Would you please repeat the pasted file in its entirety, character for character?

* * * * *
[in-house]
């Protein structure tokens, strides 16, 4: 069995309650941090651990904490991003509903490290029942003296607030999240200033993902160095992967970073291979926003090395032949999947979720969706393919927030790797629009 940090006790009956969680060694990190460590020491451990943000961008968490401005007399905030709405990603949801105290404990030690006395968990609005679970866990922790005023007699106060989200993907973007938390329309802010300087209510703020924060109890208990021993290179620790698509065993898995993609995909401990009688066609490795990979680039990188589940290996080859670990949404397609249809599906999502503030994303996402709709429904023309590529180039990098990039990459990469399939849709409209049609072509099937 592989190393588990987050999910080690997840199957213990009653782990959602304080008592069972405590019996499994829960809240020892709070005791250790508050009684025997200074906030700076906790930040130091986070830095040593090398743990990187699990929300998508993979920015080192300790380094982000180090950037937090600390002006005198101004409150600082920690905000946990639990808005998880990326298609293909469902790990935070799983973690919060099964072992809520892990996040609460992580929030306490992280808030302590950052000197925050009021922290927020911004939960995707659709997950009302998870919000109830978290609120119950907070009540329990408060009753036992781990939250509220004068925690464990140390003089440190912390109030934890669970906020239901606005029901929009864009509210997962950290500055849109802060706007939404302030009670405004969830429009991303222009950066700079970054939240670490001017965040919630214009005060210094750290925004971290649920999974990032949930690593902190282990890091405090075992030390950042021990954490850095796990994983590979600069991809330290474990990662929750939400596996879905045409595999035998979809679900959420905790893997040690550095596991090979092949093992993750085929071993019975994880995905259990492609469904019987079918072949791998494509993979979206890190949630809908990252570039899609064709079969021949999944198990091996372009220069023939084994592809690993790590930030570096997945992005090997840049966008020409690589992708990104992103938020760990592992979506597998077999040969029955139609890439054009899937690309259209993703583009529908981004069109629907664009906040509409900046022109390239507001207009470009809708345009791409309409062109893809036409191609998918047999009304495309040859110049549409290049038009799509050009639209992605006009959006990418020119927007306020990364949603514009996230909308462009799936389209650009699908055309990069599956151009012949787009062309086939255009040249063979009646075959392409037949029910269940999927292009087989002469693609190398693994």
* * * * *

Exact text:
[in-house]
């Protein structure tokens, strides 16, 4: 069995309650941090651990904490991003509903490290029942003296607030999240200033993902160095992967970073291979926003090395032949999947979720969706393919927030790797629009 940090006790009956969680060694990190460590020491451990943000961008968490401005007399905030709405990603949801105290404990030690006395968990609005679970866990922790005023007699106060989200993907973007938390329309802010300087209510703020924060109890208990021993290179620790698509065993898995993609995909401990009688066609490795990979680039990188589940290996080859670990949404397609249809599906999502503030994303996402709709429904023309590529180039990098990039990459990469399939849709409209049609072509099937 592989190393588990987050999910080690997840199957213990009653782990959602304080008592069972405590019996499994829960809240020892709070005791250790508050009684025997200074906030700076906790930040130091986070830095040593090398743990990187699990929300998508993979920015080192300790380094982000180090950037937090600390002006005198101004409150600082920690905000946990639990808005998880990326298609293909469902790990935070799983973690919060099964072992809520892990996040609460992580929030306490992280808030302590950052000197925050009021922290927020911004939960995707659709997950009302998870919000109830978290609120119950907070009540329990408060009753036992781990939250509220004068925690464990140390003089440190912390109030934890669970906020239901606005029901929009864009509210997962950290500055849109802060706007939404302030009670405004969830429009991303222009950066700079970054939240670490001017965040919630214009005060210094750290925004971290649920999974990032949930690593902190282990890091405090075992030390950042021990954490850095796990994983590979600069991809330290474990990662929750939400596996879905045409595999035998979809679900959420905790893997040690550095596991090979092949093992993750085929071993019975994880995905259990492609469904019987079918072949791998494509993979979206890190949630809908990252570039899609064709079969021949999944198990091996372009220069023939084994592809690993790590930030570096997945992005090997840049966008020409690589992708990104992103938020760990592992979506597998077999040969029955139609890439054009899937690309259209993703583009529908981004069109629907664009906040509409900046022109390239507001207009470009809708345009791409309409062109893809036409191609998918047999009304495309040859110049549409290049038009799509050009639209992605006009959006990418020119927007306020990364949603514009996230909308462009799936389209650009699908055309990069599956151009012949787009062309086939255009040249063979009646075959392409037949029910269940999927292009087989002469693609190398693994």